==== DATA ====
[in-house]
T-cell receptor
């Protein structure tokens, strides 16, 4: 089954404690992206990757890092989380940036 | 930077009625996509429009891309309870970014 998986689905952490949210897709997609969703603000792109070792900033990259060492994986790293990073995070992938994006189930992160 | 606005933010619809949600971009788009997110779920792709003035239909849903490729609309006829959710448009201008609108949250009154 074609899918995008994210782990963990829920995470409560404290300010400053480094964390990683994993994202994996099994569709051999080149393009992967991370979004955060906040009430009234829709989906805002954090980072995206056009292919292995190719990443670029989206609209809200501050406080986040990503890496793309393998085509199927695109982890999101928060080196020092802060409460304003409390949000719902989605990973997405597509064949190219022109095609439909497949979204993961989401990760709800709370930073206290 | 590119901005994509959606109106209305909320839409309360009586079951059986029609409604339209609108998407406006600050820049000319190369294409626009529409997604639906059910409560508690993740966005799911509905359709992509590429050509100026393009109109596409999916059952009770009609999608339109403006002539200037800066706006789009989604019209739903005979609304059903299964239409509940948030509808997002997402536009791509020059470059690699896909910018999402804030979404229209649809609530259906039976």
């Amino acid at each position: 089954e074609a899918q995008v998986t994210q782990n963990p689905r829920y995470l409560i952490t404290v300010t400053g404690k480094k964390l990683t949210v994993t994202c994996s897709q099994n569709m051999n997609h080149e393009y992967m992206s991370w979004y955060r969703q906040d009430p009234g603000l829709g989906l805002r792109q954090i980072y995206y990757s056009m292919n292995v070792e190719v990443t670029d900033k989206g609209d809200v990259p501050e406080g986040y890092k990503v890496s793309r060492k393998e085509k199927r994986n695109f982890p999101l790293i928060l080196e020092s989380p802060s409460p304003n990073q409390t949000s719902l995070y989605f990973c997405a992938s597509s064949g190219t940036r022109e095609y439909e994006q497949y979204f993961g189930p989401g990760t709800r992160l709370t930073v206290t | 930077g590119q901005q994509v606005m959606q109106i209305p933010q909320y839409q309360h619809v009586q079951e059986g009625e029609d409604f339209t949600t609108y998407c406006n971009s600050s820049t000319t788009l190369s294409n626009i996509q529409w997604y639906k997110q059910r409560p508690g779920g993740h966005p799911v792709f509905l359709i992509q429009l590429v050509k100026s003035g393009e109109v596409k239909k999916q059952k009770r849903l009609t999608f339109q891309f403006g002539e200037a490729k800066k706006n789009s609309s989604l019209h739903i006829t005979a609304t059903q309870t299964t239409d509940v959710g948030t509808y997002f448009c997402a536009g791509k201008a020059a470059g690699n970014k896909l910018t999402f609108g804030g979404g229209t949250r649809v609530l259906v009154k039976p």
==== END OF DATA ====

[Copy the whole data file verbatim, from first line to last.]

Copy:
[in-house]
T-cell receptor
């Protein structure tokens, strides 16, 4: 089954404690992206990757890092989380940036 | 930077009625996509429009891309309870970014 998986689905952490949210897709997609969703603000792109070792900033990259060492994986790293990073995070992938994006189930992160 | 606005933010619809949600971009788009997110779920792709003035239909849903490729609309006829959710448009201008609108949250009154 074609899918995008994210782990963990829920995470409560404290300010400053480094964390990683994993994202994996099994569709051999080149393009992967991370979004955060906040009430009234829709989906805002954090980072995206056009292919292995190719990443670029989206609209809200501050406080986040990503890496793309393998085509199927695109982890999101928060080196020092802060409460304003409390949000719902989605990973997405597509064949190219022109095609439909497949979204993961989401990760709800709370930073206290 | 590119901005994509959606109106209305909320839409309360009586079951059986029609409604339209609108998407406006600050820049000319190369294409626009529409997604639906059910409560508690993740966005799911509905359709992509590429050509100026393009109109596409999916059952009770009609999608339109403006002539200037800066706006789009989604019209739903005979609304059903299964239409509940948030509808997002997402536009791509020059470059690699896909910018999402804030979404229209649809609530259906039976």
């Amino acid at each position: 089954e074609a899918q995008v998986t994210q782990n963990p689905r829920y995470l409560i952490t404290v300010t400053g404690k480094k964390l990683t949210v994993t994202c994996s897709q099994n569709m051999n997609h080149e393009y992967m992206s991370w979004y955060r969703q906040d009430p009234g603000l829709g989906l805002r792109q954090i980072y995206y990757s056009m292919n292995v070792e190719v990443t670029d900033k989206g609209d809200v990259p501050e406080g986040y890092k990503v890496s793309r060492k393998e085509k199927r994986n695109f982890p999101l790293i928060l080196e020092s989380p802060s409460p304003n990073q409390t949000s719902l995070y989605f990973c997405a992938s597509s064949g190219t940036r022109e095609y439909e994006q497949y979204f993961g189930p989401g990760t709800r992160l709370t930073v206290t | 930077g590119q901005q994509v606005m959606q109106i209305p933010q909320y839409q309360h619809v009586q079951e059986g009625e029609d409604f339209t949600t609108y998407c406006n971009s600050s820049t000319t788009l190369s294409n626009i996509q529409w997604y639906k997110q059910r409560p508690g779920g993740h966005p799911v792709f509905l359709i992509q429009l590429v050509k100026s003035g393009e109109v596409k239909k999916q059952k009770r849903l009609t999608f339109q891309f403006g002539e200037a490729k800066k706006n789009s609309s989604l019209h739903i006829t005979a609304t059903q309870t299964t239409d509940v959710g948030t509808y997002f448009c997402a536009g791509k201008a020059a470059g690699n970014k896909l910018t999402f609108g804030g979404g229209t949250r649809v609530l259906v009154k039976p």